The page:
What is Spasticity?

Spasticity is a feeling of muscle stiffness and/ or involuntary muscle contractions. This can occur as a result of a brain injury, stroke or if you have a progressive neurological condition such as Multiple Sclerosis.

Symptoms/ Triggers

Spasticity affects everyone differently depending on the type of injury or condition you have. It can cause pain, muscle weakness and restrict your movements.

Spasticity can fluctuate and can be exacerbated by certain triggers such as infection e.g. urine infection, constipation, pain e.g. ingrown toenail, stress/ heightened emotions, being uncomfortable from clothing or seating and extremes in temperature.


There are various different treatment options for spasticity that can be discussed with your medical and therapy team.  This will depend on how the spasticity is affecting you and what your goals for treatment are e.g. to make personal care easier, to reduce pain, to improve your ability to transfer or walk.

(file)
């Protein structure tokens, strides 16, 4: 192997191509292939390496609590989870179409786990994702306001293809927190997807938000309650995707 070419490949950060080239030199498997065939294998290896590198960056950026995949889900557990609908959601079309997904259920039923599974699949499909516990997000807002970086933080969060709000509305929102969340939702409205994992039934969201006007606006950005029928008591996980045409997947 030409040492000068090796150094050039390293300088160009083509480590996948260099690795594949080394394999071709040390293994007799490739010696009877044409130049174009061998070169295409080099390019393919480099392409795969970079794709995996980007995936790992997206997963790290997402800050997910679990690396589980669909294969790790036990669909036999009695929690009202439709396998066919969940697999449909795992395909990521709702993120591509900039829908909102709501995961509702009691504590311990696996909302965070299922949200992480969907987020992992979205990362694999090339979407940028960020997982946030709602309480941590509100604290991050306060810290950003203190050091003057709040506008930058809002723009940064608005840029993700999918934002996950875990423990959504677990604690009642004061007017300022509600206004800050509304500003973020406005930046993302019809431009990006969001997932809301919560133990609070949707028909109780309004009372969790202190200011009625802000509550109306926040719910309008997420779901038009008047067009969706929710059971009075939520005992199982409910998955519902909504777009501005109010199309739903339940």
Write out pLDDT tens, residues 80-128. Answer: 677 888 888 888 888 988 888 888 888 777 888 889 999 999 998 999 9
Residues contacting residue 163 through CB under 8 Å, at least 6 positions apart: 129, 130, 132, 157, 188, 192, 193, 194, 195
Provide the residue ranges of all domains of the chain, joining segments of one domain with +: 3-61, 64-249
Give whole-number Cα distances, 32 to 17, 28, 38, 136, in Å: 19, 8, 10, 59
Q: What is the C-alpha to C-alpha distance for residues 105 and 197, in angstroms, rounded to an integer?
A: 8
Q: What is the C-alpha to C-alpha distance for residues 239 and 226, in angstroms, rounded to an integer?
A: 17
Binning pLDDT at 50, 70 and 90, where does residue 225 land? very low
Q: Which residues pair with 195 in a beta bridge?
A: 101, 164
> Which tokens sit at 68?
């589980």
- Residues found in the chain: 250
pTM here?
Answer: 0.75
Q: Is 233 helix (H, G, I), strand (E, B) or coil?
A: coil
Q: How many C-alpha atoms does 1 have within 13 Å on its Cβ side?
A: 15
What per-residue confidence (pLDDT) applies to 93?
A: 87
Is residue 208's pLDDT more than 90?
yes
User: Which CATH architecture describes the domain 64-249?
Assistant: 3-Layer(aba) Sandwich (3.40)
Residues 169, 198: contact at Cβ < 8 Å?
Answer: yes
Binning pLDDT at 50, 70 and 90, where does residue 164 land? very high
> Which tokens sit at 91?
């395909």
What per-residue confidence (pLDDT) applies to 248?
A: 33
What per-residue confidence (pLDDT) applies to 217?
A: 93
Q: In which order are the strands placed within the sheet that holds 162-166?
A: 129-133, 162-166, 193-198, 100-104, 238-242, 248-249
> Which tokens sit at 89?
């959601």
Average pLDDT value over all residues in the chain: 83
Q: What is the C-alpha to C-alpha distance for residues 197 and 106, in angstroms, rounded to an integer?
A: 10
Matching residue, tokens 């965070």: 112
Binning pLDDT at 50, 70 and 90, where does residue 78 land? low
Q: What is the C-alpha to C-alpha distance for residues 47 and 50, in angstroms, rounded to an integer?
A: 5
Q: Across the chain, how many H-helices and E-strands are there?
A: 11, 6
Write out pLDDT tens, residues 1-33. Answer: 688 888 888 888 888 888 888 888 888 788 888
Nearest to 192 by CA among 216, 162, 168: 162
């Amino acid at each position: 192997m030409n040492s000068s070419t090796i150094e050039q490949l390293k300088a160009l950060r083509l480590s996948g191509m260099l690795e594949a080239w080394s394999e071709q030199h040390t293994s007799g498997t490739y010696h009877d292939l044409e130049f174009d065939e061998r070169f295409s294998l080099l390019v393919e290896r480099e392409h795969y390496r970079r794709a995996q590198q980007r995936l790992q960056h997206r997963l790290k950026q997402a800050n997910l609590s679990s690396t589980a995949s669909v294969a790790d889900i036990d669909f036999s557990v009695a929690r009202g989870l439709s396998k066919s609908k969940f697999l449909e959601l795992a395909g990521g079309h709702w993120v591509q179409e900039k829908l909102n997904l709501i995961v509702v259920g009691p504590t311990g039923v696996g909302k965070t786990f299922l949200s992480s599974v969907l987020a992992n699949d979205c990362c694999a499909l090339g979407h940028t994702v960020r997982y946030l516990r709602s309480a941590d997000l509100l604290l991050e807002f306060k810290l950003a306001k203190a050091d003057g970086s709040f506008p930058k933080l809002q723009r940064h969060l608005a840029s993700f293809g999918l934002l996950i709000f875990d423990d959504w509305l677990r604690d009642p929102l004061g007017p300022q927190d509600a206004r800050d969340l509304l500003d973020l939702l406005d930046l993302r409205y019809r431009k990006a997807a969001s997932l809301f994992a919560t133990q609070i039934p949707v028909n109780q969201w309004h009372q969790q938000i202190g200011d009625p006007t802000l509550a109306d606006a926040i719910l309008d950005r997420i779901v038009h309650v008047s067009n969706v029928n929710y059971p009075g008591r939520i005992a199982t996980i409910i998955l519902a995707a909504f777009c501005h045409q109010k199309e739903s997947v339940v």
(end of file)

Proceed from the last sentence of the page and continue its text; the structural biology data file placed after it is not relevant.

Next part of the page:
Treatment can involve taking medication that is aimed at relaxing your muscles or having Botulinum Toxin injections directly into the muscles that have spasticity to help them relax. The medical treatments should also be done in conjunction with therapy (Physiotherapy and/or Occupational Therapy). This can involve exercise, stretching of your muscles, wearing splints or orthotics and reviewing positioning in your bed or wheelchair.

The MS Trust has a clear explanation of spasticity and spasms, which is a useful resource.

This information was provided by Hayley King, a Senior Physiotherapist at Queen Alexandra Hospital.

Tips for self-managing spasticity:

Avoid extremes of temperature if possible; in hot weather stay cool by using a damp towel on neck, fan etc.

Take good care of your nails

Move your position regularly/ get help to re-position in the bed or chair to ensure you are comfortable and to protect your skin

Wear loose comfortable clothing

Eat healthy balanced diet and stay hydrated to help avoid getting constipated or getting a urine infection

Take medication as prescribed to help manage spasticity and pain

If your Physio/ OT has set you up with an exercise programme or provided you with splints to wear, continue with this regularly to help maintain your flexibility and strength. Try to stay active!